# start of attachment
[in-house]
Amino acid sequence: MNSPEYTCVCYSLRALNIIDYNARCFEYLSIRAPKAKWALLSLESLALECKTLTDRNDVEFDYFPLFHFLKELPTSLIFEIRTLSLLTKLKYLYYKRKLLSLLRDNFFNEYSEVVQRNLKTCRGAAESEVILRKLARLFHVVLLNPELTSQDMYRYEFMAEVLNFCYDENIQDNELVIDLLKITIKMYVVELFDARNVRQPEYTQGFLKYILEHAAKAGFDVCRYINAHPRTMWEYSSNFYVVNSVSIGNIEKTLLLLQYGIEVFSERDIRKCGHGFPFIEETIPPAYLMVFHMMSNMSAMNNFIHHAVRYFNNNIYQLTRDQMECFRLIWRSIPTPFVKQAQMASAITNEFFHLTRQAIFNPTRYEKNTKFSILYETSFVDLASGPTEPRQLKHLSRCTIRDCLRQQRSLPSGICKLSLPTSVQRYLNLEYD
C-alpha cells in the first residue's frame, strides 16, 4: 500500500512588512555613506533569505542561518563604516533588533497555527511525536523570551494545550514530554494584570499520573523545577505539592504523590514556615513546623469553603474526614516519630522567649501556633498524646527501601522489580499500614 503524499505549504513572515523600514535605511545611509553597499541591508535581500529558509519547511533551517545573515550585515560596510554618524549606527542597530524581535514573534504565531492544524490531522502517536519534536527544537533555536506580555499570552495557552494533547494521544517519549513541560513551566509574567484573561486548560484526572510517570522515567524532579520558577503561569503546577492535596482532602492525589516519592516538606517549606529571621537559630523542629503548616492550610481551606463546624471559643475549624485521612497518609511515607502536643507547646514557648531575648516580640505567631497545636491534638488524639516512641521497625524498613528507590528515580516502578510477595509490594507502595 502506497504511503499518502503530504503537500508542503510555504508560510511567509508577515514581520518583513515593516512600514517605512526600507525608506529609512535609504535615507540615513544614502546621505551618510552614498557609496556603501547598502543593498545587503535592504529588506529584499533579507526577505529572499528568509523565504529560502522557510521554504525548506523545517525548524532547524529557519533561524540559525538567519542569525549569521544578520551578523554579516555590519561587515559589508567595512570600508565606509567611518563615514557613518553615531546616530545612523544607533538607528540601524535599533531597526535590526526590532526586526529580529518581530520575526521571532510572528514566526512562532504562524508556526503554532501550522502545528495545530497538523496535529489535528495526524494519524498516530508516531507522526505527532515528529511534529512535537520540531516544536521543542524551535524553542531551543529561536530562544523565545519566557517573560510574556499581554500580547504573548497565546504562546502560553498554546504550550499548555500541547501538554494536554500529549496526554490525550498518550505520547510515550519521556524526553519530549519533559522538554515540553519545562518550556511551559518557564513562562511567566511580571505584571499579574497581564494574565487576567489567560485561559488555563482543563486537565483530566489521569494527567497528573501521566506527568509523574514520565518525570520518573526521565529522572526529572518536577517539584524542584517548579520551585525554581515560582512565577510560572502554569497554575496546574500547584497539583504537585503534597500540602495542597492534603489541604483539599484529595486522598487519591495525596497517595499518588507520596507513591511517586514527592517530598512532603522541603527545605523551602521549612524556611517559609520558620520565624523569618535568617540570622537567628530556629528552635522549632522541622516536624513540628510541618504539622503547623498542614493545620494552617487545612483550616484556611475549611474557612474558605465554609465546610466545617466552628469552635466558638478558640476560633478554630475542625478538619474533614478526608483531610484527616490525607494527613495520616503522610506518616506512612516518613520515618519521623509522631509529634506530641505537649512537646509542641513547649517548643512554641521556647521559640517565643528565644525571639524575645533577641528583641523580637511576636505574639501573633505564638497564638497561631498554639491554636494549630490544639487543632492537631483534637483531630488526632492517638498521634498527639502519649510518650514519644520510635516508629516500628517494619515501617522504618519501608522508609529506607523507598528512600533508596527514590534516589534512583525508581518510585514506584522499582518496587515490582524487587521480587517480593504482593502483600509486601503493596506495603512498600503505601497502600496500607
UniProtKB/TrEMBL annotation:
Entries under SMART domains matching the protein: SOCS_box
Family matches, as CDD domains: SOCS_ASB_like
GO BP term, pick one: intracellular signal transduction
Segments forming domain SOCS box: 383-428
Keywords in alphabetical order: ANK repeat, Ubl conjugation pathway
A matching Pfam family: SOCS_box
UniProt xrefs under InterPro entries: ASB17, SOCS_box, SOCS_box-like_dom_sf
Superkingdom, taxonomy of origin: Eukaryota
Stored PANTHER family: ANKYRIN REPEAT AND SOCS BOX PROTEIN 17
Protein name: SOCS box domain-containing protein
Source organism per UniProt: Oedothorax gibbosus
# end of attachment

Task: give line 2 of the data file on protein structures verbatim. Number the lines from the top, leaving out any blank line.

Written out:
Amino acid sequence: MNSPEYTCVCYSLRALNIIDYNARCFEYLSIRAPKAKWALLSLESLALECKTLTDRNDVEFDYFPLFHFLKELPTSLIFEIRTLSLLTKLKYLYYKRKLLSLLRDNFFNEYSEVVQRNLKTCRGAAESEVILRKLARLFHVVLLNPELTSQDMYRYEFMAEVLNFCYDENIQDNELVIDLLKITIKMYVVELFDARNVRQPEYTQGFLKYILEHAAKAGFDVCRYINAHPRTMWEYSSNFYVVNSVSIGNIEKTLLLLQYGIEVFSERDIRKCGHGFPFIEETIPPAYLMVFHMMSNMSAMNNFIHHAVRYFNNNIYQLTRDQMECFRLIWRSIPTPFVKQAQMASAITNEFFHLTRQAIFNPTRYEKNTKFSILYETSFVDLASGPTEPRQLKHLSRCTIRDCLRQQRSLPSGICKLSLPTSVQRYLNLEYD